SingaporeƆs great bank-off

OCBC wants to buy Keppel. DBS wants OUB. Now UOB wants OUB. What''s happening to the Singapore banking market?

The announcement by United Overseas Bank (UOB) that it wants to buy its competitor Overseas Union Bank (OUB) took few by surprise. Ever since OCBC announced its intention to buy Keppel Capital Holdings over two weeks ago, there has been something of a frenzy in the Singapore banking market. After some initial speculation, DBS announced a S$9.4 billion bid for OUB.

Meanwhile, the silence from UOB was deafening. Many analysts predicted that if the two announced deals – between OCBC and Keppel and between DBS and OUB – had gone ahead they would have resulted in UOB being so squeezed by the two new giants that it would have gone out of business. A deal was vital for UOB’s survival.

Hence its bid yesterday took none by surprise. What was surprising were the terms that were offered and the amicability of the offer.

UOB has offered S$10 billion ($5.5 billion) to buy all the shares of OUB. This S$10 billion will come from an offer of S$4.02 and 0.52 UOB shares for each OUB share. That is a 6% premium to the last traded price of OUB stock and nearly a 6.5% premium to DBS’s bid of a week ago.

Moreover, the rival DBS bid had much more unattractive terms for the shareholders of OUB. At S$1.14 in cash and 0.61 of its own shares for each OUB share, DBS’s deal has only 28% of the cash component of the UOB offer. It is now unclear what DBS plans to do – whether to up its offer or to walk away.

Meanwhile at a press conference in Singapore, the two controlling families of UOB and OUB made a great show of togetherness, stressing the amicability of the deal. This is significant as the management of OUB control large amounts of the stock. The publicly available figure is that OUB founder and chairman Lien Ying Chow personally owns 15.72% of the stock and crucially has agreed to sell it to UOB.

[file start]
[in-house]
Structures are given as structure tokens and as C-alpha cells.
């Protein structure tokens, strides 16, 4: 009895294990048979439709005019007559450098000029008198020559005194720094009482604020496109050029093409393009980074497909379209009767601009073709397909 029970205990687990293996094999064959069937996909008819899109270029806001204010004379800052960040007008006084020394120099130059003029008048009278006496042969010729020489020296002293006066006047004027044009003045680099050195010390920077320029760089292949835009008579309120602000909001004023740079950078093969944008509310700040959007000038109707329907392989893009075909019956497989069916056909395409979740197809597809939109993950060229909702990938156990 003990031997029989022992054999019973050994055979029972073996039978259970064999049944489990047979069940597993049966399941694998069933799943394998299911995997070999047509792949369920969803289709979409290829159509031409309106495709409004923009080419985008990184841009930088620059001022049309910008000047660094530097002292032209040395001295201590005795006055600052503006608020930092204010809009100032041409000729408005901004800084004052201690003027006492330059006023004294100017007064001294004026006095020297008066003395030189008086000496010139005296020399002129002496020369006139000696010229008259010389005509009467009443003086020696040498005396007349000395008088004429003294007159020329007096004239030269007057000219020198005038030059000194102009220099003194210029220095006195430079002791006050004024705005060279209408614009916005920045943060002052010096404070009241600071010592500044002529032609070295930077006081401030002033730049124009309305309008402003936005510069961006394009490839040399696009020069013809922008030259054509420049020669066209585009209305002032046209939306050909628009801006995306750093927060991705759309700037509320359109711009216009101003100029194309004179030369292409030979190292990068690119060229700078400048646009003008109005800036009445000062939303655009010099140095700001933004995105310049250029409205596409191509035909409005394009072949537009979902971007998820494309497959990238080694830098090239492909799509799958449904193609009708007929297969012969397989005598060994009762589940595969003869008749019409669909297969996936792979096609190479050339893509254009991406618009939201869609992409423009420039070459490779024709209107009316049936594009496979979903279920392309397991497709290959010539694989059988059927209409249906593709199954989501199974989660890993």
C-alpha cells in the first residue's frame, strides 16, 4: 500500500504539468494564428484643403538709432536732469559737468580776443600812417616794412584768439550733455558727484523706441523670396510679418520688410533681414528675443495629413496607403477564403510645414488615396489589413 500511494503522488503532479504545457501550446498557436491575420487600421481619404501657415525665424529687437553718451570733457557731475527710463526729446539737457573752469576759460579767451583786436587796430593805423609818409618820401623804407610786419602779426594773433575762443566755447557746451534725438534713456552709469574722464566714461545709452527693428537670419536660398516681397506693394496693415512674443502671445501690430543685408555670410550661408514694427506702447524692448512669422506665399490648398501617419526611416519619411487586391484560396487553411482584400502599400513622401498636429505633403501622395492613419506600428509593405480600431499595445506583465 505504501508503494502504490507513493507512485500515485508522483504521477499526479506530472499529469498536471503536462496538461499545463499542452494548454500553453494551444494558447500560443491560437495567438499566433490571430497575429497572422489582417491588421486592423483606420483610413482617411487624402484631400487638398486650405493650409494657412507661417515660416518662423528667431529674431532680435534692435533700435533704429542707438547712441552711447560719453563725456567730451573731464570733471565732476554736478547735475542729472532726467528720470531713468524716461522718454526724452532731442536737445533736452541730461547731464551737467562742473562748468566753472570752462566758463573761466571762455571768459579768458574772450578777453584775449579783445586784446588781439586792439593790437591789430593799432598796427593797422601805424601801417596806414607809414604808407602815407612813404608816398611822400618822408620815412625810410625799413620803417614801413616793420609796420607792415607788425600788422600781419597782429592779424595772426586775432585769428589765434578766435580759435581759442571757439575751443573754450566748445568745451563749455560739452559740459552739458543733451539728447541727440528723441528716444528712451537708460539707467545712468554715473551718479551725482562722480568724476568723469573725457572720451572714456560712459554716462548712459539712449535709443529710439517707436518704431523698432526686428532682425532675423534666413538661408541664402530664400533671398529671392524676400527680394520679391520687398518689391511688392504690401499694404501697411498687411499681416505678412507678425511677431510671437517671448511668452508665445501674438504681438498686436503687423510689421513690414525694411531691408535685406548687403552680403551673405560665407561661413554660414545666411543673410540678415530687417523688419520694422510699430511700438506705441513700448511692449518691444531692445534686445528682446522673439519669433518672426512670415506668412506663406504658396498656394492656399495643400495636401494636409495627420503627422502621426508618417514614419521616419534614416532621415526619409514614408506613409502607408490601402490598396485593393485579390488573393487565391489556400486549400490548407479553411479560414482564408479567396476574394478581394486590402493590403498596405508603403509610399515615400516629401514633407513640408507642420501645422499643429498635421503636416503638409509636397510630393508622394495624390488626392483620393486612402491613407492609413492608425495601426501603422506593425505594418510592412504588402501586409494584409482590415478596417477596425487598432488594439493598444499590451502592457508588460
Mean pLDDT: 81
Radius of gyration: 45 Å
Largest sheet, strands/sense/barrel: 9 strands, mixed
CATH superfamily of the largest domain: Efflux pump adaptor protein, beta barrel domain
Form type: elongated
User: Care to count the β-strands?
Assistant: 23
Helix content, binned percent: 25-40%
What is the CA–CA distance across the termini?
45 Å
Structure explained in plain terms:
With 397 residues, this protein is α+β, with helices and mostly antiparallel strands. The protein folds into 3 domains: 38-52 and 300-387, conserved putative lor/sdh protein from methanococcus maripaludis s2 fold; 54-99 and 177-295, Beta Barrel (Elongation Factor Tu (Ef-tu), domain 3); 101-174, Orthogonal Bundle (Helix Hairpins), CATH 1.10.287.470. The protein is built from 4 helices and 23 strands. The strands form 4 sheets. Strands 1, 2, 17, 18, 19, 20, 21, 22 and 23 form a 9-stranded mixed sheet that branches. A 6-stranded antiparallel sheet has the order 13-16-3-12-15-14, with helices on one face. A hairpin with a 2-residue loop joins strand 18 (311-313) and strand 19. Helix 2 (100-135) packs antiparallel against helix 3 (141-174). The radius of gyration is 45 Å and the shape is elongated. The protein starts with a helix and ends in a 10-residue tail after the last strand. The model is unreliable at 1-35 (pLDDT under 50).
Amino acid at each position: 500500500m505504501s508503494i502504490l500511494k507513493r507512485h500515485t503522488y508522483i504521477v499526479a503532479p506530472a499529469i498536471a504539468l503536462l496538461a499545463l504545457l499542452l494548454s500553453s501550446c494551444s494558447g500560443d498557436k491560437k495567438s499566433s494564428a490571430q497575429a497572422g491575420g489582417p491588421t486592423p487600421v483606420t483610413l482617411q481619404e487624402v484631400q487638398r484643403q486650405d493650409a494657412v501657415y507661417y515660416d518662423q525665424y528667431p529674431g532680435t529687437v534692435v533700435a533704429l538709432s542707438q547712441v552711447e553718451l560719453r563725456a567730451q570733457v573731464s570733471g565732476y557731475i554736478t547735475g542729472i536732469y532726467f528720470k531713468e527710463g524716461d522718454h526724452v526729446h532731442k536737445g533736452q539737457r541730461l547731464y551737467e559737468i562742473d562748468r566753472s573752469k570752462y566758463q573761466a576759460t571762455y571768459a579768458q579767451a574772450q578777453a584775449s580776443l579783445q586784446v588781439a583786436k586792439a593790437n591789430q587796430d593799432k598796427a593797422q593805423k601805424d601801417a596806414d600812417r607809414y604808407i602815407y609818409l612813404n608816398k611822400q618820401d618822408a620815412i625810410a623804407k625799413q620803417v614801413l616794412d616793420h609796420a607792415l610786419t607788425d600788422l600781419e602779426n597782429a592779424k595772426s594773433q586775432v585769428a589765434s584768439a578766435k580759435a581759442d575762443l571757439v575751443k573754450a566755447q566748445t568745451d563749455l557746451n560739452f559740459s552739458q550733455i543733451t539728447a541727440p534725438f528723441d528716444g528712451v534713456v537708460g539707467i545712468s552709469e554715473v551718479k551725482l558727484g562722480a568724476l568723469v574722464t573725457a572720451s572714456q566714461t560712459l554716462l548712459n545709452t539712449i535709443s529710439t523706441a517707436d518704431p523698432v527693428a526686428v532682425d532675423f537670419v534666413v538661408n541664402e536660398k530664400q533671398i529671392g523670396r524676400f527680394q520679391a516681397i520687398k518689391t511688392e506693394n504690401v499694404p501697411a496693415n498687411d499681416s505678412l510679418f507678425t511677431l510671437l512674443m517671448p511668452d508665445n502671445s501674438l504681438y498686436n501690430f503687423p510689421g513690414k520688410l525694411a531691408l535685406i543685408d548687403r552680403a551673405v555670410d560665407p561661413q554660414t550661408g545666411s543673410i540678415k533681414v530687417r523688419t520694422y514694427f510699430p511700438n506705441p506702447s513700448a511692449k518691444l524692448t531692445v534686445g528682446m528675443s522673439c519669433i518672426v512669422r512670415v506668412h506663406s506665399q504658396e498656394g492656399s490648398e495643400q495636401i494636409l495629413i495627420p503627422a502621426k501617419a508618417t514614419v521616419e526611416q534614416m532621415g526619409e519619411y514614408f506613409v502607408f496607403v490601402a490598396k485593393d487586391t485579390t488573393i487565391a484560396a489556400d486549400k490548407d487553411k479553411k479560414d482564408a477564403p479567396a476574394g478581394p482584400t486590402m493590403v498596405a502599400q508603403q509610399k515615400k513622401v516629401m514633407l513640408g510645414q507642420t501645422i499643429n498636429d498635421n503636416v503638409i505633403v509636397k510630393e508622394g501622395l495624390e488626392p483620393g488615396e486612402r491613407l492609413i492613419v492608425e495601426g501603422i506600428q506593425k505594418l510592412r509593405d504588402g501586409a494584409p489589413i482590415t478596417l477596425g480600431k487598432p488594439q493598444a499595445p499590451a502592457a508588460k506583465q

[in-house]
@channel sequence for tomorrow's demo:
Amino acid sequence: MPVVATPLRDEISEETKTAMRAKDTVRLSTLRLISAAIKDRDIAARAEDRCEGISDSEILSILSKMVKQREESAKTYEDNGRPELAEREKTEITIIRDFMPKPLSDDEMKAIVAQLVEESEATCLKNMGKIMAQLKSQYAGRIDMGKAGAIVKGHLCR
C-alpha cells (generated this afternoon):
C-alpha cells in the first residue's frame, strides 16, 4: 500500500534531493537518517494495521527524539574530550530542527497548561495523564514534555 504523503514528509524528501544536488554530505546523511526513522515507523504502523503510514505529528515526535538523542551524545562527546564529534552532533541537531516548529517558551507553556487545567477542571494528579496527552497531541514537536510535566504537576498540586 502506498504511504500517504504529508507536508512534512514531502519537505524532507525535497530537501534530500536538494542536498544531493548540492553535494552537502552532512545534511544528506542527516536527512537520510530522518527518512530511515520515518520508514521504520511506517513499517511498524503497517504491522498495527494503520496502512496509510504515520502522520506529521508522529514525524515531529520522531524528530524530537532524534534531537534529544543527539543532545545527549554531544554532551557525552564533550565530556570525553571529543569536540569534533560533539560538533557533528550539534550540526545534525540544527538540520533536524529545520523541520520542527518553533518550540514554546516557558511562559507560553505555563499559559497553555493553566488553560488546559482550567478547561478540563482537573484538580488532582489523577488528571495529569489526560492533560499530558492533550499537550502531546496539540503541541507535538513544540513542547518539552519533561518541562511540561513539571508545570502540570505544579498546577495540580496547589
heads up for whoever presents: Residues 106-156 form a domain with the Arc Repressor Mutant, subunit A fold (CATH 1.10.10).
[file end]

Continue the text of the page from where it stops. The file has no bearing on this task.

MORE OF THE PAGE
That makes any counter bid by DBS very hard to imagine. The bank would have to get almost all the remaining OUB shares to force an unconditional offer. To do so, it would have to dramatically increase its offer both in terms of size and cash component, which would make the deal very expensive indeed.

Perhaps DBS never really had any intention to purchase OUB. Perhaps it was put up to the job by its controlling shareholder – the Singapore Government. If it made an offer to buy OUB, that would force UOB to make a counter offer. This could explain the hostile and unfriendly attitude that DBS has taken to the deal, stressing job cuts and branch closure, for instance. It might also explain why it offered such relatively unattractive terms as well as why the bank made an offer at the same time as it was closing its acquisition of Dao Heng Bank in Hong Kong. And why the Singapore offer was so markedly more unattractive than the offer it was making for the Hong Kong bank. Its offer for OUB was around 1.8 times book whereas it was paying 3.3 times book for Dao Heng. Those are not the kind of terms that would have led the management of OUB to recommend the deal to its shareholders.